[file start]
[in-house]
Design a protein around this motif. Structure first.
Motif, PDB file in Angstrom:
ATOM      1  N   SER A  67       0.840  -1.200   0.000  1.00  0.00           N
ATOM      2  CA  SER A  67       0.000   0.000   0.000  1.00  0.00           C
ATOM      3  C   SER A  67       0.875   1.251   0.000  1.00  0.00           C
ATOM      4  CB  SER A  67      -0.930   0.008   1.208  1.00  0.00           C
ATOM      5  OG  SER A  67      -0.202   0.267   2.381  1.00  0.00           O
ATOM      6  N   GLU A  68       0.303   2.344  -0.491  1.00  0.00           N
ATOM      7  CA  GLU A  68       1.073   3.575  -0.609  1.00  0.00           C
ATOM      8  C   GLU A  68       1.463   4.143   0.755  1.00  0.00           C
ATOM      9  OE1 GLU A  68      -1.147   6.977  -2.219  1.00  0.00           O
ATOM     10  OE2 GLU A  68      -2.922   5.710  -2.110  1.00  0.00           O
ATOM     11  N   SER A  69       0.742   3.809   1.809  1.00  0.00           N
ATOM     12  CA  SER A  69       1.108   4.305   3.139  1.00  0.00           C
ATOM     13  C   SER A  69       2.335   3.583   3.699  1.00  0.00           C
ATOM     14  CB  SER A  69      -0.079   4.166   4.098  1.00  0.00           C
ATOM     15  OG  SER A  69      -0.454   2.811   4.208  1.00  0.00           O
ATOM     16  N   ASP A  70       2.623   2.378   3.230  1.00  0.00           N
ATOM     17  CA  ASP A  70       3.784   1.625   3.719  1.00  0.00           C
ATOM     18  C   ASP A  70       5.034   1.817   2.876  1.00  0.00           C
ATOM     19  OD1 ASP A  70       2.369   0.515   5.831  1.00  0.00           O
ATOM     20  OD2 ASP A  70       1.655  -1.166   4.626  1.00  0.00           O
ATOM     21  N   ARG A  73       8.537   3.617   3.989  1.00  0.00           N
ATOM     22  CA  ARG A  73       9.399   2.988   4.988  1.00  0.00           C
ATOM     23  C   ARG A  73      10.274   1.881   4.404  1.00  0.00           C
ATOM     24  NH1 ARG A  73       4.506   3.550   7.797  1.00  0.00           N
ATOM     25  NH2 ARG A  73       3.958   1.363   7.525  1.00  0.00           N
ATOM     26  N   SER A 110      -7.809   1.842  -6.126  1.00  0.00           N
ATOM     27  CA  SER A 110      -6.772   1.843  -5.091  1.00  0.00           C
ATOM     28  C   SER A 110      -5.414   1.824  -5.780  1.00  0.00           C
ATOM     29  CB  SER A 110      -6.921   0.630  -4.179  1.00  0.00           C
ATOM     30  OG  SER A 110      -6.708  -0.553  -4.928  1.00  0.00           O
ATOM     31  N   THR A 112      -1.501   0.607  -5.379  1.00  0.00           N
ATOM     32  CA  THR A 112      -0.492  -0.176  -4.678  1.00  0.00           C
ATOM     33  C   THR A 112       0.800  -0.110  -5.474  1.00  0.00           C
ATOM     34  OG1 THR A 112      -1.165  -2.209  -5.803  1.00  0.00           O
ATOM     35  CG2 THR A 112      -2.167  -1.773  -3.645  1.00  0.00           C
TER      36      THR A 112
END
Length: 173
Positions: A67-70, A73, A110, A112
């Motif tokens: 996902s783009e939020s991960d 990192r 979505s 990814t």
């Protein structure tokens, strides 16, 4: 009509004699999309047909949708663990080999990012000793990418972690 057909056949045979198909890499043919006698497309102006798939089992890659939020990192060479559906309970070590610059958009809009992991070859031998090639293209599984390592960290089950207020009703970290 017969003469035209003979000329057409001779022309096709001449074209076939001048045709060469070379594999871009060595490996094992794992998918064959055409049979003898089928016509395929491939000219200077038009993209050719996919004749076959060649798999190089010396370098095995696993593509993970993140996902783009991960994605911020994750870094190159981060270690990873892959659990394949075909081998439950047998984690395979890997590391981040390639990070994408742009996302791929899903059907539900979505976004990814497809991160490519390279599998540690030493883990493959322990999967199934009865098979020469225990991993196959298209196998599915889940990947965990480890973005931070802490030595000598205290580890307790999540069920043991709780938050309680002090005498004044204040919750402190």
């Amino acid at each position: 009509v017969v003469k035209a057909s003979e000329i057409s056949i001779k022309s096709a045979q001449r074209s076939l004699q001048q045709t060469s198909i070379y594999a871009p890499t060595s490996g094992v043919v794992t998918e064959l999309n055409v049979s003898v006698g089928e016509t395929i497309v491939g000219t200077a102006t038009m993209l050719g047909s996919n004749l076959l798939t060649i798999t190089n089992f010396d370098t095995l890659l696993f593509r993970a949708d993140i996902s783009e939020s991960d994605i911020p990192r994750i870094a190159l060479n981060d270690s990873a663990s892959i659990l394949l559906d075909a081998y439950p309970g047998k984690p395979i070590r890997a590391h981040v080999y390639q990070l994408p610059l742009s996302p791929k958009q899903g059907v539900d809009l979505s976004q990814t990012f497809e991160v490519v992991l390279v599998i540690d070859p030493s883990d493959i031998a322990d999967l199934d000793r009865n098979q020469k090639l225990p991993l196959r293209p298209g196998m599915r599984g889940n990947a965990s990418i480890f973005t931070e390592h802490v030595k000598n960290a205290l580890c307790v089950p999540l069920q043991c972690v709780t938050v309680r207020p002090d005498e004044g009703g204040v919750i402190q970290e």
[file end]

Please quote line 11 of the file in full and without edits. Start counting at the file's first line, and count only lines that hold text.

ATOM      8  C   GLU A  68       1.463   4.143   0.755  1.00  0.00           C